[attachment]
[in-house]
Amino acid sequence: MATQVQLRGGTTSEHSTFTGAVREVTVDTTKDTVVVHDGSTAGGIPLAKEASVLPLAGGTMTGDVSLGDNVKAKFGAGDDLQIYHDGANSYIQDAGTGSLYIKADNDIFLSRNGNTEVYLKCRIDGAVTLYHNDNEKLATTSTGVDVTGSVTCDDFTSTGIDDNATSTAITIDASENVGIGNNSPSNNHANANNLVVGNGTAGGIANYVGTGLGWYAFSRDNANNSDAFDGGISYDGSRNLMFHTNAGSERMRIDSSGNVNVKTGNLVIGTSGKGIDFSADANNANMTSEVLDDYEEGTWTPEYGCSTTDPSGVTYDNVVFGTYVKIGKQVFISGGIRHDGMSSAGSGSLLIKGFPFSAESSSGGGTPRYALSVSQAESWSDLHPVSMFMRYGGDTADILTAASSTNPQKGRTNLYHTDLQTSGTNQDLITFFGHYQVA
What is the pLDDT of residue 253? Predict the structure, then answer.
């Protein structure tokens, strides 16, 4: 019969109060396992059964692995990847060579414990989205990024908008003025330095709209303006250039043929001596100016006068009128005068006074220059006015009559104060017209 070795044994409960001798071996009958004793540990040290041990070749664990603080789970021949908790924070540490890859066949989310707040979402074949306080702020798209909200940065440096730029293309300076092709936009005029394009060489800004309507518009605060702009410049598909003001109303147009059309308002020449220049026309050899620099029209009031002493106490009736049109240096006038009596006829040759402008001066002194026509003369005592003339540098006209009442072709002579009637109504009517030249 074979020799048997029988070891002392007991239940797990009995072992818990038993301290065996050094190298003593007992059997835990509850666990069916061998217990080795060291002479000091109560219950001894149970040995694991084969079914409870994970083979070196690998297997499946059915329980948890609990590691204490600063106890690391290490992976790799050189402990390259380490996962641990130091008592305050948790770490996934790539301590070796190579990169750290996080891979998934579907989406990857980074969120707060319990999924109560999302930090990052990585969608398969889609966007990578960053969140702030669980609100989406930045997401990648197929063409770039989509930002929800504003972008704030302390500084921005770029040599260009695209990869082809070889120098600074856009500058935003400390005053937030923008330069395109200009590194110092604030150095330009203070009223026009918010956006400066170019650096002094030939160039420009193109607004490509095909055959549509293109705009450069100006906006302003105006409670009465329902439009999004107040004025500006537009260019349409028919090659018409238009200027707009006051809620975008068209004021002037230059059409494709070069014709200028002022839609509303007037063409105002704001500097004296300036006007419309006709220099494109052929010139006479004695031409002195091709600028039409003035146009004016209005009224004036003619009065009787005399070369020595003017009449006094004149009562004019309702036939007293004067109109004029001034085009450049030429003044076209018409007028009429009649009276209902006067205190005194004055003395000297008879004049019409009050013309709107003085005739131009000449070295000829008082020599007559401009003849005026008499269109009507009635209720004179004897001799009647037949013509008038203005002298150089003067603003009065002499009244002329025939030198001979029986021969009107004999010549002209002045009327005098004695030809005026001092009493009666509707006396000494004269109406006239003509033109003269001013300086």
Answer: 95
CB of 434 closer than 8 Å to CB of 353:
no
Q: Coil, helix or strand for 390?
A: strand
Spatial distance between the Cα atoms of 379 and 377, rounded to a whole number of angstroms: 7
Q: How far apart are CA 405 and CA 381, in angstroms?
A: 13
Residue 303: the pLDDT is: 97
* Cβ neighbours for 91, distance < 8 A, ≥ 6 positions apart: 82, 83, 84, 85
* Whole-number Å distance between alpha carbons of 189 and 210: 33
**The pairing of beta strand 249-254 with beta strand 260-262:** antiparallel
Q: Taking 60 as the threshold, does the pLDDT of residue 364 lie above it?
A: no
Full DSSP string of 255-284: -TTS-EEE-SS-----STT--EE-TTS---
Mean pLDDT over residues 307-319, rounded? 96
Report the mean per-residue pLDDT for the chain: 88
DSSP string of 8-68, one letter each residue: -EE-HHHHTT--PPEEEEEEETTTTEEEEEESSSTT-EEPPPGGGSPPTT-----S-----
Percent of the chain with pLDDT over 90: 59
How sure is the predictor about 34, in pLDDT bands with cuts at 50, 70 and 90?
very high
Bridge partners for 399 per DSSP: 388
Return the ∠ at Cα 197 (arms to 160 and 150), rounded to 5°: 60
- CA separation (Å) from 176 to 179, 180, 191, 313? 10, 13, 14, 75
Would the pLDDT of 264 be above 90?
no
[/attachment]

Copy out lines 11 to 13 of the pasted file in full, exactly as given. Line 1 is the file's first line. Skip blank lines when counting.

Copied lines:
Q: How far apart are CA 405 and CA 381, in angstroms?
A: 13
Residue 303: the pLDDT is: 97